Income Tax Act does not cast burden on deductee with regard to Deposit of Money, retained as Tax by Payer: Delhi HC [Read Order]

The Delhi High Court observed that the Income Tax Act, 1961 does not cast a burden on deductee with regard to deposit of money, retained as tax by payer. Ruchir Bhatia, senior standing counsel, who appeared on behalf of the appellant/revenue, while conceding that no direct recovery could be made against the respondent/assessee concerning the tax at source deducted by the Koutons Group amounting to Rs.2,04,96,655/-, said that credit for the said amount, sought by the respondent/assessee, could not be given since the deductor, i.e., Koutons Group had not deposited the said amount with the appellant/revenue.

A Division Bench of Justices Rajiv Shakdher and Girish Kathpalia observed that “Specifically, the grossing up principle finds statutory recognition in Section 198 of the Act. This is a principle, whereby, income which is payable, say, under any agreement/arrangement [in a case not referred to in Section 192(IA), and the tax chargeable on that income is required to be deducted by the payor, then the income is increased by the payor/deductor and offered to tax inclusive of the tax deducted at source.”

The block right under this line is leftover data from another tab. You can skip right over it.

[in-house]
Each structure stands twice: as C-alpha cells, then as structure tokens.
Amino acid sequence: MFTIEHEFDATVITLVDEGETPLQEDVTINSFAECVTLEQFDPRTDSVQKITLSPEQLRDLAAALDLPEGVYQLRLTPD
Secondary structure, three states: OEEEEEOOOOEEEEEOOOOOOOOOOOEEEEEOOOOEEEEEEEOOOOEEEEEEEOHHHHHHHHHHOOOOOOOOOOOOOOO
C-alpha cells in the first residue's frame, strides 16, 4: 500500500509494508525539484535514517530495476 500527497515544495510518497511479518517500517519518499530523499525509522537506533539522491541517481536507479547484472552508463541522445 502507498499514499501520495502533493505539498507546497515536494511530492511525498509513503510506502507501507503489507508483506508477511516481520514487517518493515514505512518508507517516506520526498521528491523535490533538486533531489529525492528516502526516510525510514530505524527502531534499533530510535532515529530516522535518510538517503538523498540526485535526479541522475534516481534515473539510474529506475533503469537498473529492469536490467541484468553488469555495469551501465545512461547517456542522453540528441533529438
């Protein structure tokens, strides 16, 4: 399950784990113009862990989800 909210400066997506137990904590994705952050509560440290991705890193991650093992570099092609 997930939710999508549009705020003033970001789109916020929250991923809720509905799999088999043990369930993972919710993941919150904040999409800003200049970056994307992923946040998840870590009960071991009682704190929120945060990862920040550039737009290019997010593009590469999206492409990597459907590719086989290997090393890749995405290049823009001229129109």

The Court further went on to add that the Income Tax Act does not seem to cast a burden on the deductee/payee with regard to the deposit of money, which is retained as tax, by the payer i.e., the deductor. Therefore, insofar as the deductee/payee is concerned, once the payer/deductor, who acts as an agent of the Central Government, has retained money towards tax, credit for the same cannot be denied, having regard to the consequences and the modes available for recovering the said amount from the payer/deductor.

“Once the deductee adheres to the statutory regime and allows the deductor to retain money towards tax, the nature of the amount cannot change and, therefore, the deductee, in our view, would be entitled to the credit of the amount retained by the deductor towards tax. Any other view would result in a situation where even though the assessee would have grossed up his income [by including the tax deducted at source] and offered the same for taxation, he would be denied the benefit of having the resultant tax demand adjusted against tax deducted at source by the payer” the Bench concluded.

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